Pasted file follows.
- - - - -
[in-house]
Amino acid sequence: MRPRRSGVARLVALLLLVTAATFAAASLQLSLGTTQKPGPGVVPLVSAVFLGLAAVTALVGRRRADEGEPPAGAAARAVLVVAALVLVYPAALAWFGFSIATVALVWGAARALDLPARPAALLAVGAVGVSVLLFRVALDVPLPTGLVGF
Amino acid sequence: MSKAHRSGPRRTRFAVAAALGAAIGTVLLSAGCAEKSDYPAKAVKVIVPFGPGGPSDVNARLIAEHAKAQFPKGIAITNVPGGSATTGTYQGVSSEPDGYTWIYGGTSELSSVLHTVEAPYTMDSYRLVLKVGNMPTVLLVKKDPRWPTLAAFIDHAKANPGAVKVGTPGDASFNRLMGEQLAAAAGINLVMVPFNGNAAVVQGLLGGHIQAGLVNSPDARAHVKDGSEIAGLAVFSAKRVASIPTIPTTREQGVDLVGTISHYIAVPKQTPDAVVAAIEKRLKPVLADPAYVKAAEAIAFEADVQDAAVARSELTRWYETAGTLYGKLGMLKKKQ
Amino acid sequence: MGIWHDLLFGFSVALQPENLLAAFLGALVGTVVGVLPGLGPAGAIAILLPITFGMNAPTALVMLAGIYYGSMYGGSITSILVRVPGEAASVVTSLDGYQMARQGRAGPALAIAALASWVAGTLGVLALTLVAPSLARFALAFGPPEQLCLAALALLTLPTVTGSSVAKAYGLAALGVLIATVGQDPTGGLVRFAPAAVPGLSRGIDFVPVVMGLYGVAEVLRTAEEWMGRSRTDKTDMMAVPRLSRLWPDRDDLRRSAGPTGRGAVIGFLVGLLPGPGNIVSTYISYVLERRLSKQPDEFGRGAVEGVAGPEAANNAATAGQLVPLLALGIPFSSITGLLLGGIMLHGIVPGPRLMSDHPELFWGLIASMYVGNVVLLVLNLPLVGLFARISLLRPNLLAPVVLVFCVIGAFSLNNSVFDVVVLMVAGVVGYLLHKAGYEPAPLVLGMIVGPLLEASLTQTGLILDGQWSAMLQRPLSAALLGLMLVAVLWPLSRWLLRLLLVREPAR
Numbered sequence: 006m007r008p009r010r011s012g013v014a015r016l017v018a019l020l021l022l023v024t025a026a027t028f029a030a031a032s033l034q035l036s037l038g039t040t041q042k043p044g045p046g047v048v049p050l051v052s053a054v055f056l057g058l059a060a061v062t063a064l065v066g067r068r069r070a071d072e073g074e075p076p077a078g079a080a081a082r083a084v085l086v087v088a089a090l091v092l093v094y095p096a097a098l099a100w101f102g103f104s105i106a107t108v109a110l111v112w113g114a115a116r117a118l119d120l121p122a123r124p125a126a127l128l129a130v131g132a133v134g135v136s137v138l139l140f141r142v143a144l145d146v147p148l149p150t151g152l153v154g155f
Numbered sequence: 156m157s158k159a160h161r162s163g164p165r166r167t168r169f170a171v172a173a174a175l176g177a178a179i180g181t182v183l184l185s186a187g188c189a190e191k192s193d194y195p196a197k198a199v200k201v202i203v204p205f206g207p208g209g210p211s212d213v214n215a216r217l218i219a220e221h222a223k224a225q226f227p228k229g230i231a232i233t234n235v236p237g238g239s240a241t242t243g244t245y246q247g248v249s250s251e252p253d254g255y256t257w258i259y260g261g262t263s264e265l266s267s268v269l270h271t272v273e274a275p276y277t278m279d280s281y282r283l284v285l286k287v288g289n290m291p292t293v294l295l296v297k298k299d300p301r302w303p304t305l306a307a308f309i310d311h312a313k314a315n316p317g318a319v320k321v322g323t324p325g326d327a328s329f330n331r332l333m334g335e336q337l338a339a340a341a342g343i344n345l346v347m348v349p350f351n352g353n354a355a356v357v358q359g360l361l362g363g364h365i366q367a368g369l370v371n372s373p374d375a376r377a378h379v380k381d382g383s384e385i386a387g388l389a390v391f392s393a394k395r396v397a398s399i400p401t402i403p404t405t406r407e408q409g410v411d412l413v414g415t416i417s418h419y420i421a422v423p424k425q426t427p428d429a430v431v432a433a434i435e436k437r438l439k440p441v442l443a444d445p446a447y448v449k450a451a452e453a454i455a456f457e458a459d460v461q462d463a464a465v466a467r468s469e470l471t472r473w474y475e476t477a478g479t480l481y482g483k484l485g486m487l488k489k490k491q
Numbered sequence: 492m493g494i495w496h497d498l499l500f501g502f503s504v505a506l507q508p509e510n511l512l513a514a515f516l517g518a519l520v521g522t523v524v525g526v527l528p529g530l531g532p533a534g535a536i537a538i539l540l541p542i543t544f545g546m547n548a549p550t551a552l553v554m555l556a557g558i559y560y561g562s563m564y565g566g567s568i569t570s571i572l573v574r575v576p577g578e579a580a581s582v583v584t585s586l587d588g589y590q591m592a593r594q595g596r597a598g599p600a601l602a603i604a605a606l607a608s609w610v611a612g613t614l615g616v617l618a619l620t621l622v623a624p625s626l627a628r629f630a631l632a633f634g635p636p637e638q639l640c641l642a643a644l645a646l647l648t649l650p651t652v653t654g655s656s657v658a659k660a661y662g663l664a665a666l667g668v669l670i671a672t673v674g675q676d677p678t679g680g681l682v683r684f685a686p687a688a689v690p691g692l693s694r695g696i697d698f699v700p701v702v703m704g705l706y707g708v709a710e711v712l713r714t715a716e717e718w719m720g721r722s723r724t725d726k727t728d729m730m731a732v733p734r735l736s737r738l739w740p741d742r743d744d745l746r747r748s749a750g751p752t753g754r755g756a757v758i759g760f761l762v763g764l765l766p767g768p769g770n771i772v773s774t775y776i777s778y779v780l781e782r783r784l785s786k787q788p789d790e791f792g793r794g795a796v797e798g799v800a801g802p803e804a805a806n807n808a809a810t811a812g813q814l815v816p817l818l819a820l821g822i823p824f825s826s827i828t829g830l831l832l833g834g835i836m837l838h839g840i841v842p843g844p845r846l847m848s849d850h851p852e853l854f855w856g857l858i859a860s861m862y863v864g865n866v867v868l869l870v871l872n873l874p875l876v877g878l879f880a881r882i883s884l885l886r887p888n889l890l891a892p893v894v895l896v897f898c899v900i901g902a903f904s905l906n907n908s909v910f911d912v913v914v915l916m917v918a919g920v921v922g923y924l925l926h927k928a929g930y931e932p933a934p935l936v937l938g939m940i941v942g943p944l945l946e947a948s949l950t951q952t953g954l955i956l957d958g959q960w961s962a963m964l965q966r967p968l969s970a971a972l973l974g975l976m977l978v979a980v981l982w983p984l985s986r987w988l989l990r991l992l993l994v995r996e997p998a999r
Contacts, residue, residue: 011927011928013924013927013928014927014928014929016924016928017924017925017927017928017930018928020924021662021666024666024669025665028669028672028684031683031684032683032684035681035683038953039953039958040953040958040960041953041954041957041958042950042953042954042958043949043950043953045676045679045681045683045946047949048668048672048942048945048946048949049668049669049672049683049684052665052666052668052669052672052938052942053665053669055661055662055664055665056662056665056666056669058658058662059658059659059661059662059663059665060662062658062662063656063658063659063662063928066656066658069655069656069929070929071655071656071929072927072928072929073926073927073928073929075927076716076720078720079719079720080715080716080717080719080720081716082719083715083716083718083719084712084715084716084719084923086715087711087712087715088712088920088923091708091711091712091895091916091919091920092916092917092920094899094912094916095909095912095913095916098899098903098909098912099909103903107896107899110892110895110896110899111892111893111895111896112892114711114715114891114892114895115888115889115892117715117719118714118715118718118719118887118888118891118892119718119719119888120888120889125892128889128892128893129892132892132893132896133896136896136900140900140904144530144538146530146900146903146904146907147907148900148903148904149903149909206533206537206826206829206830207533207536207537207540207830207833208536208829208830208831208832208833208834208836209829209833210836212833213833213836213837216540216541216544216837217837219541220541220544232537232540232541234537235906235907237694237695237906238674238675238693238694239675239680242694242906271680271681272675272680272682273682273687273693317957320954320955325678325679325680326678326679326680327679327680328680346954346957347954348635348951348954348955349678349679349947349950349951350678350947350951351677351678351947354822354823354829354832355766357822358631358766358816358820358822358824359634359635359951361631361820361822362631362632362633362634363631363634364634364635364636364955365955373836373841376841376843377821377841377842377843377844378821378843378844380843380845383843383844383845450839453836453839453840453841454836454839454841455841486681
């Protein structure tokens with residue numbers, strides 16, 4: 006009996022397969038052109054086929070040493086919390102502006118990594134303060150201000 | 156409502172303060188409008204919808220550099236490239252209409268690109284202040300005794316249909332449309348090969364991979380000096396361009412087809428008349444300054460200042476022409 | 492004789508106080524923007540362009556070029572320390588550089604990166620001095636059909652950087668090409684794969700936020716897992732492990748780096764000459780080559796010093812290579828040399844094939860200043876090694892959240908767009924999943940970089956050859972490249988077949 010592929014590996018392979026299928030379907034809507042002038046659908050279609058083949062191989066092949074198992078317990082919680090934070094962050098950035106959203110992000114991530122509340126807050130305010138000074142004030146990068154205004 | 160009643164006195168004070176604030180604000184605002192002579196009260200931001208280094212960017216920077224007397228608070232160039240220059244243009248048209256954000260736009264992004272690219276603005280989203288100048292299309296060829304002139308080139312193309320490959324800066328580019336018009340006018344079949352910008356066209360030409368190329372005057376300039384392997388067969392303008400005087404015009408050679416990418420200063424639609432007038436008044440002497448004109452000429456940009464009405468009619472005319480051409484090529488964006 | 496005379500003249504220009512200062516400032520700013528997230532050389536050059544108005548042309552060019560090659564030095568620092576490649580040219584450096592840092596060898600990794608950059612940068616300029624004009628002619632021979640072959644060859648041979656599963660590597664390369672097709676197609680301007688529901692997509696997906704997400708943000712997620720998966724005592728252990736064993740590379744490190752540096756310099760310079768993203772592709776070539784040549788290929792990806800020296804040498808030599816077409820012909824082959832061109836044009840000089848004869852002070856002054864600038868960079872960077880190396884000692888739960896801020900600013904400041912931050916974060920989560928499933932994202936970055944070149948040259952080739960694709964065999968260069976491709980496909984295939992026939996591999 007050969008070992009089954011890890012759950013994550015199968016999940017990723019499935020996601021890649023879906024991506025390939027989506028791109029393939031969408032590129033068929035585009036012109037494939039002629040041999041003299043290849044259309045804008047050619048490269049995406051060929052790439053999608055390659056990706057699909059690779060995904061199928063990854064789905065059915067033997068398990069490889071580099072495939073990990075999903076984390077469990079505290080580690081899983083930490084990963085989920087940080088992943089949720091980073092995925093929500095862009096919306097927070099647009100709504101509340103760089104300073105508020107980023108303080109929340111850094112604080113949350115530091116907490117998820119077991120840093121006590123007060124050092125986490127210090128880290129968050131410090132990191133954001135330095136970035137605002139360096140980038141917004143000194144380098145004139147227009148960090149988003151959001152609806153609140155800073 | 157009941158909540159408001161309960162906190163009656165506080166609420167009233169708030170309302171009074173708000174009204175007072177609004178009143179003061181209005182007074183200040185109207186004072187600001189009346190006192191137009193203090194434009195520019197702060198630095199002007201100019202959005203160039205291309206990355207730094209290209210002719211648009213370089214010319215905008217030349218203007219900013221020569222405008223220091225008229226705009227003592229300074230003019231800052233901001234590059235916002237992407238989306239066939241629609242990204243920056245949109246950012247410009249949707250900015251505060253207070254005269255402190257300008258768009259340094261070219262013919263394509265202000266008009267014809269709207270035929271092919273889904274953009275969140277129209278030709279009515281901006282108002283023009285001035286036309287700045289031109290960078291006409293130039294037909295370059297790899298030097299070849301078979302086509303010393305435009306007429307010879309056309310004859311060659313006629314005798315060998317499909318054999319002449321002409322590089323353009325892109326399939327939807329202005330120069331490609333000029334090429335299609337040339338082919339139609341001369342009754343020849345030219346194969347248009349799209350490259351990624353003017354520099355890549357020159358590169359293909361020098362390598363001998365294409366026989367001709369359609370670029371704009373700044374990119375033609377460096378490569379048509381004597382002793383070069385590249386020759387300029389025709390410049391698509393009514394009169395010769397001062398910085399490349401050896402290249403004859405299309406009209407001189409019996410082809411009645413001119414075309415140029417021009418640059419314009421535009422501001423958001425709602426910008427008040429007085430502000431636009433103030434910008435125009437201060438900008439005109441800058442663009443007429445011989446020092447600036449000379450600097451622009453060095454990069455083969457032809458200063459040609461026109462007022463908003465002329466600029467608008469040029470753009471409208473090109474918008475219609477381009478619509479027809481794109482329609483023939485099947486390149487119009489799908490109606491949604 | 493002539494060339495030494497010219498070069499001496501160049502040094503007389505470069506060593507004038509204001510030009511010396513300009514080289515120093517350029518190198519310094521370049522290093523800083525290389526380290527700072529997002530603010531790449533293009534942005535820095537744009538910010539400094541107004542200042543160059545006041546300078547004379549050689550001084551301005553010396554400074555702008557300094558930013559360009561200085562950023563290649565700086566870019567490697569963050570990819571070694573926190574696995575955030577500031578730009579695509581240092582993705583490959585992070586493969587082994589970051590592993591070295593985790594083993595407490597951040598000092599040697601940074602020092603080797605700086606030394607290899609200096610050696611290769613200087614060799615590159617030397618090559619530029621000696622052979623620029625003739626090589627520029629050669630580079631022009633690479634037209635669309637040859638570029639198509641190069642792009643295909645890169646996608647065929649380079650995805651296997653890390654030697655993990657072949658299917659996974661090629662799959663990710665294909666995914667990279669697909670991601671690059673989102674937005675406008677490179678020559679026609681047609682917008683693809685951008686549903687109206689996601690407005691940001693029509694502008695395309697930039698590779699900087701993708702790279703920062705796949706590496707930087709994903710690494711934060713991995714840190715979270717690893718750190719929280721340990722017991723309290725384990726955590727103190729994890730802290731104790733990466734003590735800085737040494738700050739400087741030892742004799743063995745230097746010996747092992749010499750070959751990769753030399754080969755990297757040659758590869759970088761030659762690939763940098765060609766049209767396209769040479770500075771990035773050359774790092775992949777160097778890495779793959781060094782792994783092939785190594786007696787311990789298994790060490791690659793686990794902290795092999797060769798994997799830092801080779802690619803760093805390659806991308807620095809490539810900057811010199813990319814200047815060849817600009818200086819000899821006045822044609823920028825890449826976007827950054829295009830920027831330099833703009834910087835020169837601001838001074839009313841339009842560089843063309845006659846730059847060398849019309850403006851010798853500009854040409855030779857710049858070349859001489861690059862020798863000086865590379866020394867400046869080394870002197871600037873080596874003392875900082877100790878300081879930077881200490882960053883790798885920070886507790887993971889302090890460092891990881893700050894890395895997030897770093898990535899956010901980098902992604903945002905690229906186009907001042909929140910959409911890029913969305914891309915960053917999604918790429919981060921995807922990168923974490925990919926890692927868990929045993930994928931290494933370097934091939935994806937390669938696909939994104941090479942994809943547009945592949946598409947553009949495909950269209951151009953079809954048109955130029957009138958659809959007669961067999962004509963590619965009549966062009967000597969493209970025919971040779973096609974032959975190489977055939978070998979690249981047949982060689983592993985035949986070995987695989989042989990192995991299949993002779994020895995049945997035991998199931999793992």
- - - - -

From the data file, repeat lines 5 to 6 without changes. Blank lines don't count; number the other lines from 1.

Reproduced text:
Numbered sequence: 006m007r008p009r010r011s012g013v014a015r016l017v018a019l020l021l022l023v024t025a026a027t028f029a030a031a032s033l034q035l036s037l038g039t040t041q042k043p044g045p046g047v048v049p050l051v052s053a054v055f056l057g058l059a060a061v062t063a064l065v066g067r068r069r070a071d072e073g074e075p076p077a078g079a080a081a082r083a084v085l086v087v088a089a090l091v092l093v094y095p096a097a098l099a100w101f102g103f104s105i106a107t108v109a110l111v112w113g114a115a116r117a118l119d120l121p122a123r124p125a126a127l128l129a130v131g132a133v134g135v136s137v138l139l140f141r142v143a144l145d146v147p148l149p150t151g152l153v154g155f
Numbered sequence: 156m157s158k159a160h161r162s163g164p165r166r167t168r169f170a171v172a173a174a175l176g177a178a179i180g181t182v183l184l185s186a187g188c189a190e191k192s193d194y195p196a197k198a199v200k201v202i203v204p205f206g207p208g209g210p211s212d213v214n215a216r217l218i219a220e221h222a223k224a225q226f227p228k229g230i231a232i233t234n235v236p237g238g239s240a241t242t243g244t245y246q247g248v249s250s251e252p253d254g255y256t257w258i259y260g261g262t263s264e265l266s267s268v269l270h271t272v273e274a275p276y277t278m279d280s281y282r283l284v285l286k287v288g289n290m291p292t293v294l295l296v297k298k299d300p301r302w303p304t305l306a307a308f309i310d311h312a313k314a315n316p317g318a319v320k321v322g323t324p325g326d327a328s329f330n331r332l333m334g335e336q337l338a339a340a341a342g343i344n345l346v347m348v349p350f351n352g353n354a355a356v357v358q359g360l361l362g363g364h365i366q367a368g369l370v371n372s373p374d375a376r377a378h379v380k381d382g383s384e385i386a387g388l389a390v391f392s393a394k395r396v397a398s399i400p401t402i403p404t405t406r407e408q409g410v411d412l413v414g415t416i417s418h419y420i421a422v423p424k425q426t427p428d429a430v431v432a433a434i435e436k437r438l439k440p441v442l443a444d445p446a447y448v449k450a451a452e453a454i455a456f457e458a459d460v461q462d463a464a465v466a467r468s469e470l471t472r473w474y475e476t477a478g479t480l481y482g483k484l485g486m487l488k489k490k491q